Below is my great friend Dr. Neil Jobalia’s perspective of life upon coming out of quarantine and how inmates help out fellow inmates. Hopefully you enjoy his inspirational perspective on things.
Throughout the inmate handbook, it specifies the importance of contact with the “outside world”. Outside world generally refers to friends and family. Unfortunately, our ability, as inmates to maintain those connections proves quite difficult because of the rules the Federal Bureau of Prisons imposes.
Our access to those important to our lives entails 15 minute phone calls with a monthly limit of 500 minutes which equates to 17 minutes per day. Text only emails creates a very difficult environment to meaningfully connect with people, especially if you have more than one person that you wish to connect with. It seems to me that control of the inmates represents the primary goal and the well being and success of the inmates holds much less importance. The realization of this simple fact impacted me deeply, from an emotional standpoint, but did not surprise me.
Starting with the phones, fifteen minutes doesn’t provide enough time to have a meaningful conversation. The email system allow for more information, but appears almost DOS-based (an operating system from the early nineties). Now, I’ve heard many differing reasons for the way inmates communicate with the outside world. In the end, the most plausible reasons involve prevention of illegal activity and control of inmate behavior. The philosophy embracing control of inmates, regardless of the obtuseness of the rule, belies the primary means to reduce “bad” behavior. Unfortunately, good behavior simply maintains your baseline, but doesn’t reap any palpable benefit. In addition, allowance for individuality occupies no position in the eyes of the staff.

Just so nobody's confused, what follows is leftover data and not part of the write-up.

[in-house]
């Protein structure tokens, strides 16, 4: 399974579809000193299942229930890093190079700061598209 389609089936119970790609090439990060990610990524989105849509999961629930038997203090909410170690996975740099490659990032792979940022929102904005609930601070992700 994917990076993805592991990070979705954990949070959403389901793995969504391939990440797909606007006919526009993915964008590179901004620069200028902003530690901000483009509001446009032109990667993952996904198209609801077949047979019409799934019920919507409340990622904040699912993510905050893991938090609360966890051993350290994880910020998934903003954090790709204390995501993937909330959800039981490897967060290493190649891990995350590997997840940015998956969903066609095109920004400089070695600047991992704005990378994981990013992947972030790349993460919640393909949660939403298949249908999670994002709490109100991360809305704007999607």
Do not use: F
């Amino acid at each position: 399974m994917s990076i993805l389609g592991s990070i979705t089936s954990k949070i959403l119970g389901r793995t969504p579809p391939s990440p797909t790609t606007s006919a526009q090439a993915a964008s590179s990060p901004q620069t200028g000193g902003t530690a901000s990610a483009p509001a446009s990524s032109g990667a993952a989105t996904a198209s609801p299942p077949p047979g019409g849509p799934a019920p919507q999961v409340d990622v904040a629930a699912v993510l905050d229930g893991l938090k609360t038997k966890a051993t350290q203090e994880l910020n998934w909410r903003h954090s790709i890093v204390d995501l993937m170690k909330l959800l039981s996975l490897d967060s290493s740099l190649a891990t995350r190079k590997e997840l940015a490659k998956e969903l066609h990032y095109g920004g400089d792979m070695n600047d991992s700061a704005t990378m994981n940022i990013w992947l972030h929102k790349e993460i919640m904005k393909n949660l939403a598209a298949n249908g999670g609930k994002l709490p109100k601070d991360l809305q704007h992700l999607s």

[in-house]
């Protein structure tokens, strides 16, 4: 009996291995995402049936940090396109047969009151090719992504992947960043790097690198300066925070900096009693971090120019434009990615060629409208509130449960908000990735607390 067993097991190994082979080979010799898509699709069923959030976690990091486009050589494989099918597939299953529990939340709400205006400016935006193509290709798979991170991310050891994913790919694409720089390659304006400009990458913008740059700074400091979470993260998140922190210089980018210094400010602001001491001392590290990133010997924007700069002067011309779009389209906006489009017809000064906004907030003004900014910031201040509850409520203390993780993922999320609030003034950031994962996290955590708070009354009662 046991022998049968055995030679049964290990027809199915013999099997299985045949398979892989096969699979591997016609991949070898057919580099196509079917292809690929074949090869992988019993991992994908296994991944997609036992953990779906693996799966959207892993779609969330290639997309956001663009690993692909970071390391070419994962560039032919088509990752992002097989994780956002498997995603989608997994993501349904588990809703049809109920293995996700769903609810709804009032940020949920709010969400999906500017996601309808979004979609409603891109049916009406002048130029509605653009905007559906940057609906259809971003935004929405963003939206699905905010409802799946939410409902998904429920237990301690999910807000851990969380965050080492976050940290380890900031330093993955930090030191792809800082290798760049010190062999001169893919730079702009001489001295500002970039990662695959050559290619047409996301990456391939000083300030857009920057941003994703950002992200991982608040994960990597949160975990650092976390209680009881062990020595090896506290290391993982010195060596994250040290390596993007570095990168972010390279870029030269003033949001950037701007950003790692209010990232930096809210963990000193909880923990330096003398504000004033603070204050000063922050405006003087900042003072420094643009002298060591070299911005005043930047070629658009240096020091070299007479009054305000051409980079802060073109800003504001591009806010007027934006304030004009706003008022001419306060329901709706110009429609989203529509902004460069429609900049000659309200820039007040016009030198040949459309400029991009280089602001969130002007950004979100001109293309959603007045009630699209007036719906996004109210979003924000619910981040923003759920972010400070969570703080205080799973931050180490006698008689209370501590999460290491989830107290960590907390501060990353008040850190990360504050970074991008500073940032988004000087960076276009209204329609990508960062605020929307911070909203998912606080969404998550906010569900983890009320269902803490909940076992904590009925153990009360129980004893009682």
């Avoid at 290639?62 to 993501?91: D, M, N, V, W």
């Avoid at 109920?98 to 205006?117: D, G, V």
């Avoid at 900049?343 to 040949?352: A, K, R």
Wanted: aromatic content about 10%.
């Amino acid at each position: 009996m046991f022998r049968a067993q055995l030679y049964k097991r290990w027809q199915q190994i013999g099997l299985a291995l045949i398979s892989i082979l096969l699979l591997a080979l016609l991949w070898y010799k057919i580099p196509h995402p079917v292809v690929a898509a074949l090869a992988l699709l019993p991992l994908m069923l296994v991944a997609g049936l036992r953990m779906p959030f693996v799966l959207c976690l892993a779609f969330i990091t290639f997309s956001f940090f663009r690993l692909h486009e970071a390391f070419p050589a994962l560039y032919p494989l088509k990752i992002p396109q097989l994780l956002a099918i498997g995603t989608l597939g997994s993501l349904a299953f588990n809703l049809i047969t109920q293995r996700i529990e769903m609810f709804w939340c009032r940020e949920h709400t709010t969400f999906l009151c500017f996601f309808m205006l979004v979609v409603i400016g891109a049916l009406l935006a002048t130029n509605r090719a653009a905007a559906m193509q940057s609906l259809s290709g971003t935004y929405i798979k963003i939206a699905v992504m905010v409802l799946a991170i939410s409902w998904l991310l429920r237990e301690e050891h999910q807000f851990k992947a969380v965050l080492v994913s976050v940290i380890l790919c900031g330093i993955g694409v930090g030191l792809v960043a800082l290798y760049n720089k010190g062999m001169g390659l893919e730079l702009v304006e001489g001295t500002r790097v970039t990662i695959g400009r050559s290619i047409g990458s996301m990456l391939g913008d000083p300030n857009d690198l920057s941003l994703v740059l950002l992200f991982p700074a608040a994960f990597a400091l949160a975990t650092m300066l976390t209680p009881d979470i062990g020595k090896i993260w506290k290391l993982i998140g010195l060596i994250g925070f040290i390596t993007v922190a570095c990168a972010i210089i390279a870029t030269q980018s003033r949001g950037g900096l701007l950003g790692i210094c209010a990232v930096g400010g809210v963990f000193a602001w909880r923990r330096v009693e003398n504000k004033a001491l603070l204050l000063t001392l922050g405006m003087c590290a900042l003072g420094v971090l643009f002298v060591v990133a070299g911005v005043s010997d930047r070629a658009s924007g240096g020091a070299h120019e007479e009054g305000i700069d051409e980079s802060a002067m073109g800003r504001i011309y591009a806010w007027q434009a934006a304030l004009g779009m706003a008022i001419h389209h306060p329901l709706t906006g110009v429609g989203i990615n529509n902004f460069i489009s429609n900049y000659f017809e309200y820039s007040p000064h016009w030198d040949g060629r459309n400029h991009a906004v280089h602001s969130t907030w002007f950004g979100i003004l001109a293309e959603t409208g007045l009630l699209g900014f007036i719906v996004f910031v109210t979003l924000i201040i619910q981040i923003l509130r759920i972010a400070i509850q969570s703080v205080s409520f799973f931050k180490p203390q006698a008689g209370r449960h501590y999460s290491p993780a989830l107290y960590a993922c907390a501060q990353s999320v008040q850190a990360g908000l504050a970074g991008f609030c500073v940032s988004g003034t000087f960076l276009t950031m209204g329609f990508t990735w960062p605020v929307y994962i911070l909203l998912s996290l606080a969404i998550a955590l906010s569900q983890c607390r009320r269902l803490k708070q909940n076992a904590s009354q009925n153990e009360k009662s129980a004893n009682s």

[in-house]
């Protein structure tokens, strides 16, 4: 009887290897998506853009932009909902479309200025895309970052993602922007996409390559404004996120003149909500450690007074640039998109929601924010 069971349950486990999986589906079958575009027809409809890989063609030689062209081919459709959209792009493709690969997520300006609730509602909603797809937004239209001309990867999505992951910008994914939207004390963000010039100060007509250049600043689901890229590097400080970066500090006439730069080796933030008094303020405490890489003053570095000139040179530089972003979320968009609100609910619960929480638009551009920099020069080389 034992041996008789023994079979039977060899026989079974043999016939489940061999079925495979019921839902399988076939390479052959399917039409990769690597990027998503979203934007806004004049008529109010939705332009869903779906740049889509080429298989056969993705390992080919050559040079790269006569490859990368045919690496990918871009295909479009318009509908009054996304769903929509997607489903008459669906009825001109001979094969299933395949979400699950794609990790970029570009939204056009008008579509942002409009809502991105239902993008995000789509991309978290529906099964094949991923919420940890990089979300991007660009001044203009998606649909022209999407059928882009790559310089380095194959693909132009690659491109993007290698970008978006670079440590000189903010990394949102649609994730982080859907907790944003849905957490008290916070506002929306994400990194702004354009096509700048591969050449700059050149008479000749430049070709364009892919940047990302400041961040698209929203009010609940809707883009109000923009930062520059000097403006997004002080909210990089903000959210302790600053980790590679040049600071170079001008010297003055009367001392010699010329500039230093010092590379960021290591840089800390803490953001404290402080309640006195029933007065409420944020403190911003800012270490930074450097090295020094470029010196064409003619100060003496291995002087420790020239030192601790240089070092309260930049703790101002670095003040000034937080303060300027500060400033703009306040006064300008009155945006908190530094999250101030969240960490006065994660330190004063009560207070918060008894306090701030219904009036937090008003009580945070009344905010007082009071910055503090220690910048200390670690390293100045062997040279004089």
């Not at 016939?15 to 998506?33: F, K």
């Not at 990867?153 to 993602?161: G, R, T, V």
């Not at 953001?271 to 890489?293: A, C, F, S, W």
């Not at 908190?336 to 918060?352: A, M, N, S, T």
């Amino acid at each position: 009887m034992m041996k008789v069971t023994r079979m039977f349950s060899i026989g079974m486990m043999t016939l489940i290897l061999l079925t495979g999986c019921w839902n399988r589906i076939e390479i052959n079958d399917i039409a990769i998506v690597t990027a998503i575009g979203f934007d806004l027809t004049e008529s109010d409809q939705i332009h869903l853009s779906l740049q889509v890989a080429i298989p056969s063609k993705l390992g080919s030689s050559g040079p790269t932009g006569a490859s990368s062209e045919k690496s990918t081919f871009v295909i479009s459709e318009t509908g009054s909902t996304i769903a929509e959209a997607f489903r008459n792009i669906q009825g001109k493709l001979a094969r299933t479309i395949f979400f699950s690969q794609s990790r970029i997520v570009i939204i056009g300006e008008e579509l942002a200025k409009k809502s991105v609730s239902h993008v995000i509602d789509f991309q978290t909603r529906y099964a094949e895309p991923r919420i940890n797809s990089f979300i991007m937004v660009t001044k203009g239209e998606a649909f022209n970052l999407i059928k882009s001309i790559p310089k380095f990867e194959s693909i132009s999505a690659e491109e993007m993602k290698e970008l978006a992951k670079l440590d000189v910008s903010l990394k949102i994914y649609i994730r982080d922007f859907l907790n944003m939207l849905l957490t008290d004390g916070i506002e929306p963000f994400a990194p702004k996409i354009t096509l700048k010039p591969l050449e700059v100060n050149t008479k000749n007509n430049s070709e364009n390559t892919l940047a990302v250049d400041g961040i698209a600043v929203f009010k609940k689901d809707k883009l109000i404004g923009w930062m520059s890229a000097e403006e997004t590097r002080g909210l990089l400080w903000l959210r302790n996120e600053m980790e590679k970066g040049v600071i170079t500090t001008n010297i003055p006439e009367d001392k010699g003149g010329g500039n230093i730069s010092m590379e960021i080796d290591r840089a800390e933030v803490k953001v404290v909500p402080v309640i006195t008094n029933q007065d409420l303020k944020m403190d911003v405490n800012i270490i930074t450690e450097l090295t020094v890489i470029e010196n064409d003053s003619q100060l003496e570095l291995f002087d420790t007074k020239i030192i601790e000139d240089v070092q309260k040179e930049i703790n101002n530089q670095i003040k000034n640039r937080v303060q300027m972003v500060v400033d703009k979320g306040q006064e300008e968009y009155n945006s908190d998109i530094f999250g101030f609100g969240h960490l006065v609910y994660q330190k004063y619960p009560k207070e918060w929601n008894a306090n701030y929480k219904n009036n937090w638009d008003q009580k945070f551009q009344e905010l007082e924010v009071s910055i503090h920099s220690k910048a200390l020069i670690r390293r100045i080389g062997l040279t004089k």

Inmates, on the other hand, gladly and freely provide the assistance and comfort which makes life somewhat more bearable. The generosity of other inmates on my first day on the unit, in the form of giving me things like shoes, soap and snacks, pleasantly surprised me. Contrary to my preconceptions about other inmates, the kindness represented a “pay it forward” attitude that refreshed my positive belief in people, as opposed to the attitude displayed by the employees of the prison system. Advice about different aspects of prison life and tips on navigating through this horrible circumstance also flowed freely from other inmates.
So, eventually, you learn how to cope with the lack of access to your loved ones. I believe they experience much more difficulty because of their reality of easy and unlimited ability to communicate, while you, as an inmate, learn to accept your new reality. Interestingly, I find myself much more concerned about them than about myself. In the end, my loved ones and I will adjust the best we are able and I know their smiling faces await me when I finally leave. In the meantime, I can depend on some of my fellow inmates and them on me to help each other reach that joyful day!